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Northampton Saints craftsman Tom Wood nails down new career

Northampton Saints flanker Tom Wood

Tom Wood is proving why he’s one of the sharpest tools in the box by using rugby’s lockdown to carve out a new career in woodwork.

The 33-year-old former England ace has been honing long-standing carpentry skills, with his eyes firmly focussed on chiselling an alternative way to make a living once the drive to chop opponents in half fades.

Woodbyname is the moniker of his company and mightily impressive is his growing body of work.

Northampton back rower Wood told The Rugby Paper: “I was always interested in woodworking and my mum  tells the story of my granddad giving me money for sweets, but the shop was next to a hardware store and I came home with a load of nails instead!

“I didn’t make anything sophisticated back then, but it showed my intent from an early age and I went on to do design and technology at school.

“It was the early days of computer aided design and I wish I’d put a bit more time into that, but I was more interested in the hands-on stuff before rugby took over my life at Worcester, then Saints, and I lost sight of woodworking in my twenties.

“But in 2014 I moved house and picked things up again. Having a workshop helped and as I got a bit older, I started to appreciate time away from rugby in order to preserve my energy and enthusiasm for it, so the woodworking started to take off.

“Given the gear I’ve accumulated and the experience I’ve gained, I definitely see it as a long-term career prospect now. Toolstation sponsor Saints and they’ve been really helpful along with other companies, so I’d be stupid not to do it.”

With teammate Alex Waller as a business partner, Wood added: “I share a lot of interests with Alex and it’s working very well. I’ve done a few paid commissions already and on the back of that I’m starting to get orders for new things.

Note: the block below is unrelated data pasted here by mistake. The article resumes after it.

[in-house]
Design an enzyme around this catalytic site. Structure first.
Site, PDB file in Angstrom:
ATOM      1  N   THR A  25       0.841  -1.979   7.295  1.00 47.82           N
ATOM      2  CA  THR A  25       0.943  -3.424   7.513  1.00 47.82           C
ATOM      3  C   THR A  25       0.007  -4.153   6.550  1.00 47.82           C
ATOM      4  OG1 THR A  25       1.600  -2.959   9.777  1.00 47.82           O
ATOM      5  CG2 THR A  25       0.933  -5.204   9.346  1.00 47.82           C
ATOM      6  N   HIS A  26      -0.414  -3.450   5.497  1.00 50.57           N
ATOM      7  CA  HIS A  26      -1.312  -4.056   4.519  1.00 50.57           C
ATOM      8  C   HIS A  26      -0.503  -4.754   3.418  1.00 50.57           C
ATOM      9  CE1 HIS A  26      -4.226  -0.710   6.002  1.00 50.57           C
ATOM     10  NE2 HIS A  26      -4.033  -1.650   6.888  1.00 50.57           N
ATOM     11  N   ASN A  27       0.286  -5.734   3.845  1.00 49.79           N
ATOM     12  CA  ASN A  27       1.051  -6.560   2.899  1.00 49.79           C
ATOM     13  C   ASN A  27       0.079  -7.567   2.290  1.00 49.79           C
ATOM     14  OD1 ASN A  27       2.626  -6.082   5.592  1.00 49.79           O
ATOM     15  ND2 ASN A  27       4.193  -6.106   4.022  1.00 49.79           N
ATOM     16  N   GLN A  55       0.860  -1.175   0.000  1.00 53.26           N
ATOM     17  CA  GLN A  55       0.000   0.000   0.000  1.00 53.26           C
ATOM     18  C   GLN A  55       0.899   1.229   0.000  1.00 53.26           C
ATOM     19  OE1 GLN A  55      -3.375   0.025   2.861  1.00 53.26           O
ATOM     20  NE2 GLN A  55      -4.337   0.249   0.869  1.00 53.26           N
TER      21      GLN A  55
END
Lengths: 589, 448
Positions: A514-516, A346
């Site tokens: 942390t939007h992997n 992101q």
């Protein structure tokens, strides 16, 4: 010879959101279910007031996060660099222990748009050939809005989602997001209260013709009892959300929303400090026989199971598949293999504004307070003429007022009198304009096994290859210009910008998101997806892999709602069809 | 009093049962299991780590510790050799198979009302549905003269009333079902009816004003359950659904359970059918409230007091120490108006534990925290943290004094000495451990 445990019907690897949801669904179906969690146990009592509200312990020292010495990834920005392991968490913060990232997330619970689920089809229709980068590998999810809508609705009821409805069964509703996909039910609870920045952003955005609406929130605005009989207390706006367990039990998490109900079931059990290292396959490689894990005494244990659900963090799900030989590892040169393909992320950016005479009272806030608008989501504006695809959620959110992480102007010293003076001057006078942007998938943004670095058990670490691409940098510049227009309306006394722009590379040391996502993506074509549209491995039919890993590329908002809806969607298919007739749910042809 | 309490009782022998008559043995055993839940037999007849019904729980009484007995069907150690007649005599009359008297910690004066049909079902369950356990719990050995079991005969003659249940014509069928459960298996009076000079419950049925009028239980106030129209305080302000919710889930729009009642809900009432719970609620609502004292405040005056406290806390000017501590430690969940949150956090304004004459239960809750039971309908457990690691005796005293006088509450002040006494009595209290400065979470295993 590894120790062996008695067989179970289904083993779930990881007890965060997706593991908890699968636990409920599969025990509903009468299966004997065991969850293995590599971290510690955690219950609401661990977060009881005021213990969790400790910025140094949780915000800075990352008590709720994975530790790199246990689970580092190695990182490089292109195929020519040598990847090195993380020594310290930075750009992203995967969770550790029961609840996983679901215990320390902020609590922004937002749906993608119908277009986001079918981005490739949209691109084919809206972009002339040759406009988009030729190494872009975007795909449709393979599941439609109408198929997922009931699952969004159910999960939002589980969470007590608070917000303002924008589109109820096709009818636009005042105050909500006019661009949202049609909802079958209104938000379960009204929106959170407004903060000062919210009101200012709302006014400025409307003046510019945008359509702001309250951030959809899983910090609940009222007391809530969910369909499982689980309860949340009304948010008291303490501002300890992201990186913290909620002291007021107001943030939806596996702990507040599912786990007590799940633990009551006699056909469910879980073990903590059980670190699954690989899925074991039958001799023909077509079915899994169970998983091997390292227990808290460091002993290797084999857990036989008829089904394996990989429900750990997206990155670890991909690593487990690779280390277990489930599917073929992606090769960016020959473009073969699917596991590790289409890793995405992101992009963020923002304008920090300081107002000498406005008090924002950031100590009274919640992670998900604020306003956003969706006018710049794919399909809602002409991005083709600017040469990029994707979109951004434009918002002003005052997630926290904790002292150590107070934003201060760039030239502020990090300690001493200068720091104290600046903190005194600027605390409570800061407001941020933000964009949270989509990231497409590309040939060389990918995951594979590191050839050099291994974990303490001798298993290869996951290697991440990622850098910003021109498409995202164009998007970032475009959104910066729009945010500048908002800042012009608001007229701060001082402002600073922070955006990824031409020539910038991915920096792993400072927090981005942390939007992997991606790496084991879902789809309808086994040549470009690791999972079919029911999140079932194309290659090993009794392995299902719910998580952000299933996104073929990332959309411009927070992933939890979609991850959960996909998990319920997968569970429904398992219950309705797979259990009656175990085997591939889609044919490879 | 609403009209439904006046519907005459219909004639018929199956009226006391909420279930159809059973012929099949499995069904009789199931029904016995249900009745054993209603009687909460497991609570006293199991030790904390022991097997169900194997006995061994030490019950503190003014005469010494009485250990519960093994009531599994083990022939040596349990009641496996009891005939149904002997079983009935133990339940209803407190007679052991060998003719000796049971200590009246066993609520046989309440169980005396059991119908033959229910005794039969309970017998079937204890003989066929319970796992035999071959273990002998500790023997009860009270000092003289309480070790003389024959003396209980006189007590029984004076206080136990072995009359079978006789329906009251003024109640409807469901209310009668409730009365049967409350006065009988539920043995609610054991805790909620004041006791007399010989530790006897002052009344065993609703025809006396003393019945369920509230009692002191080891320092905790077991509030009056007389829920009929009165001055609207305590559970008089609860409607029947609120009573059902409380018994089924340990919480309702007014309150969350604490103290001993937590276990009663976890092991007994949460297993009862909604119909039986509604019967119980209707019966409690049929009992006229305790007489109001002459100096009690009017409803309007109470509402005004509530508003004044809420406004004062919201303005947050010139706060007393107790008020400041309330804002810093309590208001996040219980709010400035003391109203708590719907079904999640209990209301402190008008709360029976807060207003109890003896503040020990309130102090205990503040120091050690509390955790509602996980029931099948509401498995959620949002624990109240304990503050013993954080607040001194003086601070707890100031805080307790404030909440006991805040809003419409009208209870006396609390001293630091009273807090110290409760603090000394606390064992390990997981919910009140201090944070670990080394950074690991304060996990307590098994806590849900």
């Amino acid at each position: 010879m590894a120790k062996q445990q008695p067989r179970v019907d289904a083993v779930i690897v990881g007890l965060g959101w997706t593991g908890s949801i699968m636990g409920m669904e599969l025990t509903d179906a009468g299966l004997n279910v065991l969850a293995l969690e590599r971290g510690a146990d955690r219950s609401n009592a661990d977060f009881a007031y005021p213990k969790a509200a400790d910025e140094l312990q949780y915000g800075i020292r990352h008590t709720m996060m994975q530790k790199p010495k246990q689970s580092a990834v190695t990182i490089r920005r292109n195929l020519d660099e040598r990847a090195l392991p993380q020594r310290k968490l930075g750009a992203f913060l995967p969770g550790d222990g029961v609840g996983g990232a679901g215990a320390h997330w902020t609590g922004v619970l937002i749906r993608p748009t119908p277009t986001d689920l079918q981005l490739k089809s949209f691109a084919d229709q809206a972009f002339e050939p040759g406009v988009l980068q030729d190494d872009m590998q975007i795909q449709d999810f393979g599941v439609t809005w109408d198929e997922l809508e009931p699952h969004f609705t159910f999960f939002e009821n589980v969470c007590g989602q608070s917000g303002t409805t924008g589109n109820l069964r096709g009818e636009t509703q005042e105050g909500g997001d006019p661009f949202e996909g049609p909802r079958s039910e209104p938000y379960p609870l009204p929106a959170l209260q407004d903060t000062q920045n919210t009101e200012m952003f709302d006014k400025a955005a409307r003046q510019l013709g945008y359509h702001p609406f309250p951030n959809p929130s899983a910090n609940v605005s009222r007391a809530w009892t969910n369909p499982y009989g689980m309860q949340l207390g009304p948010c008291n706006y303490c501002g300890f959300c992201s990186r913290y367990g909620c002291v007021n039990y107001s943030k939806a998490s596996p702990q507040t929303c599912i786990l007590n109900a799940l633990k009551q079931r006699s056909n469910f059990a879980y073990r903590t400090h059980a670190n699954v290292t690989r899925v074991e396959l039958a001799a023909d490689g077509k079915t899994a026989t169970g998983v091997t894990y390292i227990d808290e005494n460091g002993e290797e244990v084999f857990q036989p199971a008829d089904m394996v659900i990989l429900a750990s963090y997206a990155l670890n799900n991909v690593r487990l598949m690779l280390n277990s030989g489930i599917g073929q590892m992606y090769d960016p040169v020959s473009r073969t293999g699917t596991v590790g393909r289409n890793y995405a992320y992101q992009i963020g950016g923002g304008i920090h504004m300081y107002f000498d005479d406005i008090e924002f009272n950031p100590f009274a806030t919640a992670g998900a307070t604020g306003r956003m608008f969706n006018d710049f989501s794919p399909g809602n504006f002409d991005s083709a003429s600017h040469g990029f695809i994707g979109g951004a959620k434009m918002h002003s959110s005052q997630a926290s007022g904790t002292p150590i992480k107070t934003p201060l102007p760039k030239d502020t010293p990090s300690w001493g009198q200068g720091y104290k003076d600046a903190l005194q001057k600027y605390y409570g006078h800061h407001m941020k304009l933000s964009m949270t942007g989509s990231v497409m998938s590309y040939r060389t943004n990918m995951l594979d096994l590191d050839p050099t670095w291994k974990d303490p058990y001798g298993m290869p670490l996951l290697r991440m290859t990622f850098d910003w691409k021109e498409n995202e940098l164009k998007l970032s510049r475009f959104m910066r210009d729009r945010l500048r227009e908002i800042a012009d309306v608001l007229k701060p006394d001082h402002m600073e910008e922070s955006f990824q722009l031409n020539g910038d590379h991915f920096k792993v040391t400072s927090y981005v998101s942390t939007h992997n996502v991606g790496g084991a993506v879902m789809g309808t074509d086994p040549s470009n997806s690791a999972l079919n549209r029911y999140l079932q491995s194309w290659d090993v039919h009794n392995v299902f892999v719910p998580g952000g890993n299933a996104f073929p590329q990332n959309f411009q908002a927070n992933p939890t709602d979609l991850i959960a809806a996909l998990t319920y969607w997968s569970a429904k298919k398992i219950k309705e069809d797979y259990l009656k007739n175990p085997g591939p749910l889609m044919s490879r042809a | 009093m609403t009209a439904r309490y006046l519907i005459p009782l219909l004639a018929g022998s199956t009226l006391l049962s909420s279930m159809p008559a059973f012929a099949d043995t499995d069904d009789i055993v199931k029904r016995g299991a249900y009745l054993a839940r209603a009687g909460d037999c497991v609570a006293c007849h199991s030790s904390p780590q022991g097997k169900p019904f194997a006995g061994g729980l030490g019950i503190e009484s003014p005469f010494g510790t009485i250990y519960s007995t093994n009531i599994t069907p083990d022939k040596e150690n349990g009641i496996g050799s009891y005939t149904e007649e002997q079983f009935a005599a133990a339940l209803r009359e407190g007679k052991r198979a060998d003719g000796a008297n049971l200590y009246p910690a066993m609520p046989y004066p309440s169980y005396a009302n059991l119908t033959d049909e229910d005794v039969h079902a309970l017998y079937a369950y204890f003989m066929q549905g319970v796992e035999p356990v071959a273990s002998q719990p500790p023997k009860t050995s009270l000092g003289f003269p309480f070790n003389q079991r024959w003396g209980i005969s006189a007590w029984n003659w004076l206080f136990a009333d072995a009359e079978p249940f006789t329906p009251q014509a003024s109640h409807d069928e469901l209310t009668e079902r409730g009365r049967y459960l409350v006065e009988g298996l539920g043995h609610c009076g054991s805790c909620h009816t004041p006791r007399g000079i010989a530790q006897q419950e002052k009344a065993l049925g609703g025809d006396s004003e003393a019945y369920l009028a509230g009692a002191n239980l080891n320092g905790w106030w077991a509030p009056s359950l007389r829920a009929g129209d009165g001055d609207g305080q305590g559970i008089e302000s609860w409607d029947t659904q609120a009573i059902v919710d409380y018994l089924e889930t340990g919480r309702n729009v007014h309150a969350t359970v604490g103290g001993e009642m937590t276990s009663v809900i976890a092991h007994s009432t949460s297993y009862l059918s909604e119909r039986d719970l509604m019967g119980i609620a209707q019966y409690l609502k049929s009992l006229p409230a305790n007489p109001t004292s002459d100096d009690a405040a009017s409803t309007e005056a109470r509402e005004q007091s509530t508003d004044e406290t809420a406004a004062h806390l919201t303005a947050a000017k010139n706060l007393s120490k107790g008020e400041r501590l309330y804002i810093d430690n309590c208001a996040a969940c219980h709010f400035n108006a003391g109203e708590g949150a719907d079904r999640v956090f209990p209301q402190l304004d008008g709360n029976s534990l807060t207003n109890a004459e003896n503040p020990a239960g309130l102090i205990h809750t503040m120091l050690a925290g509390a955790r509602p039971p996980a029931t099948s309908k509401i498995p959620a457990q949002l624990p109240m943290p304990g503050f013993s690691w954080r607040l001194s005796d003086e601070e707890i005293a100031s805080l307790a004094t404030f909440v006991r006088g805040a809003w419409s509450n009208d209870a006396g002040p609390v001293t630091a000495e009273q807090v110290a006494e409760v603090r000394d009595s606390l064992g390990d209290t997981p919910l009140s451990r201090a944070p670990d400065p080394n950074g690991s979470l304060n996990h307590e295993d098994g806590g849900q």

“We haven’t got a website yet but there are photos of my work on my ‘@woodbyname’ Instagram page and people seem to take inspiration from that.

“I don’t know if it’s going to be enough to pay the bills long-term, but it feels like it’s gaining momentum for when rugby is no longer my No.1 focus. I’m more of a doer and coaching doesn’t appeal – I’d actually find that torture.”

Northampton Saints flanker Tom Wood
Back to nature: Tom Wood has been at work in the woodshop during lockdown. Getty Images

Wood intends keeping the hammer down at Saints for a while yet, though, as he explains: “I’m contracted for next season but who knows what this little sabbatical might do for me?

“It might put a bit more juice in the tank and whereas I might have had only one more year, I might get another two or three now. The mind and body are certainly willing so we’ll get to Christmas and see what Saints’ plans are from there.”

Meanwhile, Wood is relishing his role as a senior player in Saints’ revival.

He said: “I’m at the other end of the age spectrum to when I joined in 2010 but from a club standpoint there’s loads of energy, youth and optimism around the place and we’ve shed a lot of baggage from the end of Jim Mallinder’s tenure.

“Saints had an amazing ten years under Jim in which we were successful and there’s so much good stuff to be said about it, but we really did grind to a halt and there was a lot of unrest within the fanbase and the squad.

“We weren’t functioning the way we could have been and while we still had great quality and brilliant individuals, things weren’t coming together.

“But the fact we freshened it up and brought a load of new coaches and youth in has revitalised the place. Phil Dowson, Matt Ferguson and Sam Vesty have brought a huge amount of intent and I’m really glad to have stayed part of it.”

With a raft of new England prospects coming through, Wood added: “It’s brilliant to see boys putting their hands up internationally.

“I don’t have any official role as a captain or anything, but as a senior player there is an opportunity to lead and mentor where appropriate.

“To be honest, though, there’s no need for somebody to be driving standards especially hard because those young lads do it themselves. If anything, their energy rubs off on me.”

NEALE HARVEY

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